Packers are still must-see TV

The Packers aren't going to the playoffs, but it will be interesting to watch the team grow during the final 11 games of the season,'s Steve Lawrence says.

At 1-4, the Green Bay Packers' remote playoff aspirations are about dead. But that doesn't mean there aren't good reasons to closely watch the final 11 games of the season, a stretch that kicks off Oct. 22 at Miami.

Watch the team grow. Contrast that hideous outing in the season opener against the Chicago Bears and an ugly second half in a Week 4 loss at Philadelphia with what we watched Sunday in the loss to St. Louis.

The zone-blocking scheme finally showed signs of life against the Rams. The secondary made too many errors, but it helped hold a potent Rams offense in check. The defense made two key fourth-quarter stops to give the Packers a chance to win. Greg Jennings might be in the rookie-of-the-year picture if not for the national media being in full-blown drool mode over Reggie Bush.

Who knows what Green Bay's final record will be, but you'd have to consider it a successful season if there are a lot of good vibes surrounding this team as we start to think about 2007.

Packers GM Ted Thompson has preached patience with this team. One e-mailer told me that patience was for third-graders. He's wrong. If the Packers weren't patient with Brett Favre a dozen years ago, he might have been benched in favor of Mark Brunell. There is a place for patience in the NFL. This team is a work in progress. Watch for that progress.

The coaching staff. The coaches have come under a lot of heat, and, in some cases, it's been warranted. As we watch the team's young players mature during these final 11 weeks, watch to see if this coaching staff can improve, too.

Defensive coordinator Bob Sanders is a protégé of Jim Bates, yet the defense has taken several steps backward this season despite better personnel. Let's hope Sanders used the week off to his advantage.

Now that opposing defenses have a scouting report on what head coach Mike McCarthy and coordinator Jeff Jagodzinski like to do on offense, will they be able to zag once opposing defensive coordinators start to zig?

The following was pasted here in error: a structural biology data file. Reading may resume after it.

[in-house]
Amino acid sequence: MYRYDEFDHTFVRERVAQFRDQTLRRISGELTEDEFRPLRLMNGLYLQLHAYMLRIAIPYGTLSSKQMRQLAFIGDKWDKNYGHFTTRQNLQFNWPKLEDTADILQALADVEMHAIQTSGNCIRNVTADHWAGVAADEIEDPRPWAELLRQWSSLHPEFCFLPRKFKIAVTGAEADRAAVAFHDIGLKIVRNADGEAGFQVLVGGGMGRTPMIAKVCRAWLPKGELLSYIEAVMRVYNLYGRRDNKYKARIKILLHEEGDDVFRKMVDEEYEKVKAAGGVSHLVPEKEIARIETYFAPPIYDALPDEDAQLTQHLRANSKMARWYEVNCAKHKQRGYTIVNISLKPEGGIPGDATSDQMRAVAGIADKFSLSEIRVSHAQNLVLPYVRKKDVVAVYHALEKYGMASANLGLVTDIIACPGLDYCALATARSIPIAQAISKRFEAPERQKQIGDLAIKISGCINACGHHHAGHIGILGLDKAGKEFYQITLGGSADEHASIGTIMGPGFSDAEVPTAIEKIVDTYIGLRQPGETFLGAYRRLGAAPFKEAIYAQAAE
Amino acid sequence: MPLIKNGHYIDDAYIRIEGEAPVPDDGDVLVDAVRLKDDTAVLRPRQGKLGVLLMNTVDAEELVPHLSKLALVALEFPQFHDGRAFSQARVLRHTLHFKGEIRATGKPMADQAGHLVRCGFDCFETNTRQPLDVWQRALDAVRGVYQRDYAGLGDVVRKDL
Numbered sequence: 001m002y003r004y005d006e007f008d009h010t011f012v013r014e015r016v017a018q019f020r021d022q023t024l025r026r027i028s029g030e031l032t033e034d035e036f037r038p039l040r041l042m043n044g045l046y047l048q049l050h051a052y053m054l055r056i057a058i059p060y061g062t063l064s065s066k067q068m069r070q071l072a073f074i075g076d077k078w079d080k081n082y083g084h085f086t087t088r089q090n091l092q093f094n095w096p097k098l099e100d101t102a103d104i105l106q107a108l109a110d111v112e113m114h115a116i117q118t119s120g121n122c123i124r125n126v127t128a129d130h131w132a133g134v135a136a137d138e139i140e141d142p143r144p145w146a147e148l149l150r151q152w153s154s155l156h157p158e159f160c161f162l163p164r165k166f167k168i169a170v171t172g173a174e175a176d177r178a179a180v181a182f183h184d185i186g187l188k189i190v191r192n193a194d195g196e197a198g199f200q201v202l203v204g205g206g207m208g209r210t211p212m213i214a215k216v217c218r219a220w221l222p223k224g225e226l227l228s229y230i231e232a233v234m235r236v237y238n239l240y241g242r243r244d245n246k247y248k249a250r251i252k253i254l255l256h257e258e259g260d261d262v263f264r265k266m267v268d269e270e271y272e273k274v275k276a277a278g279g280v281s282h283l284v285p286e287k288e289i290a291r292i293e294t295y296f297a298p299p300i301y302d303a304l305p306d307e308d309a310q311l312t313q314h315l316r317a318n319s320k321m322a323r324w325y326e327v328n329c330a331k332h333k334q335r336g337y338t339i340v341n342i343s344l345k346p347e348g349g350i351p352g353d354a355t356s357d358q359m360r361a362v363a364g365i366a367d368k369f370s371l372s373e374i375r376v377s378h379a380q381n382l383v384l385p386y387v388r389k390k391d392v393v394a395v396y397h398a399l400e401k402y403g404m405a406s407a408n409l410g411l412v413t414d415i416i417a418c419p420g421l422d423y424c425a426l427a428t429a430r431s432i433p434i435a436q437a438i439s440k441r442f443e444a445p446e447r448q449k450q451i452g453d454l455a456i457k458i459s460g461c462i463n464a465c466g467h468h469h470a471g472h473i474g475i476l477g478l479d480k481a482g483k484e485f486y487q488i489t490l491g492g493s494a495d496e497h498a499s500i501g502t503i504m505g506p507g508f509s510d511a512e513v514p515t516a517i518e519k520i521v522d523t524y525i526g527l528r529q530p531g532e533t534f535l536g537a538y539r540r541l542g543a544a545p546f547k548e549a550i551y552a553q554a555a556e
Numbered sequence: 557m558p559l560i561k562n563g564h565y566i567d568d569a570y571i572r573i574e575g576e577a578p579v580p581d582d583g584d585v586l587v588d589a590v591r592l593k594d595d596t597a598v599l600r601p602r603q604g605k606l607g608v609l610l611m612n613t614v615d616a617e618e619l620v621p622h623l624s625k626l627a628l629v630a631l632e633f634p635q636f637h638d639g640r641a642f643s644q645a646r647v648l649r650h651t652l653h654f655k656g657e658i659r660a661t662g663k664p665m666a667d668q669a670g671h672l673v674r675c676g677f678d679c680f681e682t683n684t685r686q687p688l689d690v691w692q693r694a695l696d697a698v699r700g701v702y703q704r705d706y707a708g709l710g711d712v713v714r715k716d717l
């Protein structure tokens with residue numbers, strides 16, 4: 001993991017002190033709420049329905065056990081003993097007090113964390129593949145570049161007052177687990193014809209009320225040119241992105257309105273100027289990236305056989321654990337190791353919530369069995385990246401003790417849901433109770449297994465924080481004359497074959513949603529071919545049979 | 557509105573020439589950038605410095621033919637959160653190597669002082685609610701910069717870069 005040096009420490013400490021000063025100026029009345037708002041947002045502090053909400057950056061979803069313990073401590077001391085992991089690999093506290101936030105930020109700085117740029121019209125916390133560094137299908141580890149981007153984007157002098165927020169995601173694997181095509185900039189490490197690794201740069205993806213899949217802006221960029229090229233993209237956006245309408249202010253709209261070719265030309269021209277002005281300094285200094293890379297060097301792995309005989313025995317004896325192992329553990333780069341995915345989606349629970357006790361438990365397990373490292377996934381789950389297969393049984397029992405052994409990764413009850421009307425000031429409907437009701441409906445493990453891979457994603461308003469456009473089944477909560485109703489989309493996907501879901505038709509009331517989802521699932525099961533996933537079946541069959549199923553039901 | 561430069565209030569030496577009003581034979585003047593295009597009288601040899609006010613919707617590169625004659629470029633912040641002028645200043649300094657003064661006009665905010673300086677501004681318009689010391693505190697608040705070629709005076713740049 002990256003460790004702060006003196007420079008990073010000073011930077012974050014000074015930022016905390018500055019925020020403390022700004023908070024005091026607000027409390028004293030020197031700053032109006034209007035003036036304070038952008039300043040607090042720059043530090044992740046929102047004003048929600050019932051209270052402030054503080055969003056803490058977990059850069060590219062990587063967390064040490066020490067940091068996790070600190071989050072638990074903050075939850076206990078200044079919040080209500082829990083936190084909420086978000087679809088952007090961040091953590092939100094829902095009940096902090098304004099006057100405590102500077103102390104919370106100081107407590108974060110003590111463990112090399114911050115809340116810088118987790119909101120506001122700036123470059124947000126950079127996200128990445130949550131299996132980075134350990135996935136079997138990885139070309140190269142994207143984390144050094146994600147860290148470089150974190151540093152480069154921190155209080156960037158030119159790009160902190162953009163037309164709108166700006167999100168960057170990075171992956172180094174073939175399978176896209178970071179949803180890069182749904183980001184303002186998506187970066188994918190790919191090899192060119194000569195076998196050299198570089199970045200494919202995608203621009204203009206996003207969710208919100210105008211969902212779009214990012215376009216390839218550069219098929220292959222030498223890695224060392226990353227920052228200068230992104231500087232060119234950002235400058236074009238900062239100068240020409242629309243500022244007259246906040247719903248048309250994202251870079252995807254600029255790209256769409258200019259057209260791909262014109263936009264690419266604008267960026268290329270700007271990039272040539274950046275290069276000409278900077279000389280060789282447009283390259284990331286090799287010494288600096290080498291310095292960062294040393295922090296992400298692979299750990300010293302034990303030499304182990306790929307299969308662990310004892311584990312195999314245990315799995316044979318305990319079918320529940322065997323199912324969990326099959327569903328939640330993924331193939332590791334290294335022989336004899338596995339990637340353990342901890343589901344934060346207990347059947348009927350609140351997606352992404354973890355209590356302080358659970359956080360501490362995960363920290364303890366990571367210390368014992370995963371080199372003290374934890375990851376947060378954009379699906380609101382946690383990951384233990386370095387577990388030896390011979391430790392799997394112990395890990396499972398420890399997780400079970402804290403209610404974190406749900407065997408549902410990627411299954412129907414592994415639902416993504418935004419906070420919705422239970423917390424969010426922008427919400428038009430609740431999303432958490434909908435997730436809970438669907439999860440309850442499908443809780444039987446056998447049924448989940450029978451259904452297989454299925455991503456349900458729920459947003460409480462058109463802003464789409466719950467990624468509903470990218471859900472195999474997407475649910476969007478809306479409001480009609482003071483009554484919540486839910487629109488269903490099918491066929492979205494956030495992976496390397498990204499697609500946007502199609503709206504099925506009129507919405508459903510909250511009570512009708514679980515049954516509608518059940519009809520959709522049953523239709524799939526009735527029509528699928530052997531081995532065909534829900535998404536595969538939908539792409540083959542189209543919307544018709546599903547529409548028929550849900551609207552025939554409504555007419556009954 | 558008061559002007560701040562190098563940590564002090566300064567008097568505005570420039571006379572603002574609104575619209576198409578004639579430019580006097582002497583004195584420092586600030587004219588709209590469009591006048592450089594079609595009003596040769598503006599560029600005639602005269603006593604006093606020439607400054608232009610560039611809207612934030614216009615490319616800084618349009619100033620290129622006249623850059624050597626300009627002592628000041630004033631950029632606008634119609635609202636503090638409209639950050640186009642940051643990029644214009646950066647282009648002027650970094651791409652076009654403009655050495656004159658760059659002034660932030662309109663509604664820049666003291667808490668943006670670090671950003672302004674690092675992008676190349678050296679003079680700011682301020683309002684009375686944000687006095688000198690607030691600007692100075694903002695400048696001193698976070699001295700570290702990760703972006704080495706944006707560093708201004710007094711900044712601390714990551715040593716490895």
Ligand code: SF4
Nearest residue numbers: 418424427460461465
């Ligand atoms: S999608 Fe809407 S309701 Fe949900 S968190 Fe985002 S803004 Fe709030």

This bye week was a big week. The coaches know they made their share of blunders, including the defense's penchant for playing with 10 or 12 players. Now, with a week to catch their breath, let's see if they've grown into their jobs.

Ruvell Martin. Ready or not, Martin has to play as big as he is tall. With Robert Ferguson out indefinitely with an injured foot and Koren Robinson almost certain to be suspended before Ferguson is healthy, Martin, a 6-foot-4 wide receiver, is going to be thrust into a huge role as the No. 3 receiver.

Veteran defenders. Is Kabeer Gbaja-Biamila worth the $5 million he's due to make next season? He's having a nice season, but should he be the third-highest paid player on the team? Al Harris squawked during the offseason about wanting a new contract, but his play has dropped considerably since last season. Is Marquand Manuel an answer at safety? Those are three big questions that demand answers in the final 11 weeks.

Hodge or Poppinga? The Packers have a promising linebacker on the bench in rookie Abdul Hodge. They also are high on another young linebacker, starter Brady Poppinga. If the Packers see a bigger upside in Hodge than Poppinga, then they'd be wise to shake up the linebacking corps now - starting Hodge means Nick Barnett would have to move to the strong side - so the trio can hit the ground running during the minicamps and training camp.

Brett Favre. Unless the coaching staff decides it's time to see if Aaron Rodgers is indeed the quarterback of the future, Favre has a chance to break Dan Marino's career record for touchdown passes. At this rate, he'll finish with 418, which is two shy of Marino's mark.

Favre in defeat showed he's far from finished at the ripe not-so-old age of 37. The staff has done a great job, with its never-ending barrage of rollouts and its use of extra blockers, of giving Favre a chance to succeed, and Favre has done a great job of reining himself in. Of his five interceptions, two came with the game hopelessly out of reach against Chicago and another came off a dropped pass against Philadelphia.

Beyond all of that, Favre's youthful exuberance after a big play never gets old. If this winds up being his final season, you'd be fool for straying from the couch during the final 11 Packers Sundays of the season.

Lawrence is a regular contributor to Send comments to

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